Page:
From The Economist:
"Mr Koch has used his reading to forge a theory of management which the Charles Koch Institute, his think-tank-cum-philanthropic outfit, has trademarked as market-based management or MBM. The main idea is that market signals should operate just as vigorously within organisations as between them. Workers should be paid according to the value they add rather than their position in the hierarchy. Koch Industries keeps base pay low (it is regarded as just a down-payment on the year’s value-added reward) and workers are often paid more than their bosses. Companies should grant “decision rights” to those employees who have records of making choices that boost profits.
As Mr Koch’s philosophy took shape, so his company boomed. When he took over as chief executive from his father in the late 1960s Koch Industries was a small company centred on oil and gas with $200m in yearly sales and 650 employees. Today it is the second-largest private firm in America, with $100bn in annual revenues and more than 100,000 employees. It is one of the world’s largest commodities traders, operates three ranches covering more than 460,000 acres, processes some 600,000 barrels of crude oil a day and produces a wide range of materials such as paper towels, nylon and spandex. Koch Industries estimates that its value has increased over 4,500 times since 1960, outperforming the S&P 500 index by a factor of nearly 30.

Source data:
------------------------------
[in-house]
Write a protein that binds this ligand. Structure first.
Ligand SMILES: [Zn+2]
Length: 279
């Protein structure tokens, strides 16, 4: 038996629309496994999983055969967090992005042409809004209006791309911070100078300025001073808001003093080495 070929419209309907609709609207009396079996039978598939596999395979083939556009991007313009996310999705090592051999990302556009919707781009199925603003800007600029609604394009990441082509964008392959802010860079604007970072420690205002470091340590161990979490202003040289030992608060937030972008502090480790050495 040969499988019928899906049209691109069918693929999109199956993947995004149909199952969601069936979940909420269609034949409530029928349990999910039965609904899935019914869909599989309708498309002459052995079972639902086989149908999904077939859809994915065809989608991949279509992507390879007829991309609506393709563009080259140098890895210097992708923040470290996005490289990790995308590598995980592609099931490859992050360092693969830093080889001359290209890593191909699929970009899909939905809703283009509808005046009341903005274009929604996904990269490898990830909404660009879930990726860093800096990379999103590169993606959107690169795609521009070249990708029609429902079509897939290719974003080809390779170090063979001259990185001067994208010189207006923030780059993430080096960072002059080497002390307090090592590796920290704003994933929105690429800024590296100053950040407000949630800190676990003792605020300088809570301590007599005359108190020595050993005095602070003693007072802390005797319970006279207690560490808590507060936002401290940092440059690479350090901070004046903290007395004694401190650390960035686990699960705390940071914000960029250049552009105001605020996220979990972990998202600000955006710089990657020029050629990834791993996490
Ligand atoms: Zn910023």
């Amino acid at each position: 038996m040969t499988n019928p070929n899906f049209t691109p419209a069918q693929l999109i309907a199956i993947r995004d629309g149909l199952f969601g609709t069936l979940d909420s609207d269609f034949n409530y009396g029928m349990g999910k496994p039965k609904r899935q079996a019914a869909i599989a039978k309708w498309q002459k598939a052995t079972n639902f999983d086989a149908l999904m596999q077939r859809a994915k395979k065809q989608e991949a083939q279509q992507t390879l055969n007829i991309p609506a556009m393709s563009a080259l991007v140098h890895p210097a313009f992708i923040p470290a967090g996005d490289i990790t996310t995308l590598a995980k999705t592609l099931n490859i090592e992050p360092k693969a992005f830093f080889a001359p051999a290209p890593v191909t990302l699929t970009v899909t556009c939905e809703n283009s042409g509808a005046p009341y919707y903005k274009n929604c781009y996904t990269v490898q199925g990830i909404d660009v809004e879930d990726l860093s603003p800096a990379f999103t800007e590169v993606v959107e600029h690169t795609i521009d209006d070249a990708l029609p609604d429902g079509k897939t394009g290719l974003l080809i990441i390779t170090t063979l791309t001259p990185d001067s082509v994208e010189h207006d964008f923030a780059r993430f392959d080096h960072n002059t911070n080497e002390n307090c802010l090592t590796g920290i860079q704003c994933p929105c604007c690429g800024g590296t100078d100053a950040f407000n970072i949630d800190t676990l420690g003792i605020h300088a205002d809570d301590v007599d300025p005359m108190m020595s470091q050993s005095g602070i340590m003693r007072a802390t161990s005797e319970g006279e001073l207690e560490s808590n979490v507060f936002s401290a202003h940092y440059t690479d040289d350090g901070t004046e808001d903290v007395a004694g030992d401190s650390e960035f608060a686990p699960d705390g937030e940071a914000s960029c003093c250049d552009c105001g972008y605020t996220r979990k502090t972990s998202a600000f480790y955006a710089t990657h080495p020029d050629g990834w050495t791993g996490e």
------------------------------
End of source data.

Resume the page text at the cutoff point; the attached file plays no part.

Yet MBM has attracted remarkably few imitators. Mr Koch says that Morning Star, a California-based tomato producer, has also experimented, independently, with an internal-market system, but that hardly suggests a fashion. One reason may be that Koch Industries is based in the Midwest, away from the great business-theory factories such as Harvard or Stanford. Another is that it is easy to imagine MBM degenerating into a time-consuming bureaucracy. In any case, the firm’s success probably owes as much to Mr Koch’s managerial drive as to MBM (insiders joke that Koch stands for “keep old Charlie happy)”, and to two big insights: that its core competence in processing, transporting and trading can be applied to a wide range of commodities; and that the Midwest is full of first-class engineers and technicians educated in places like Murray State University and the University of Tulsa."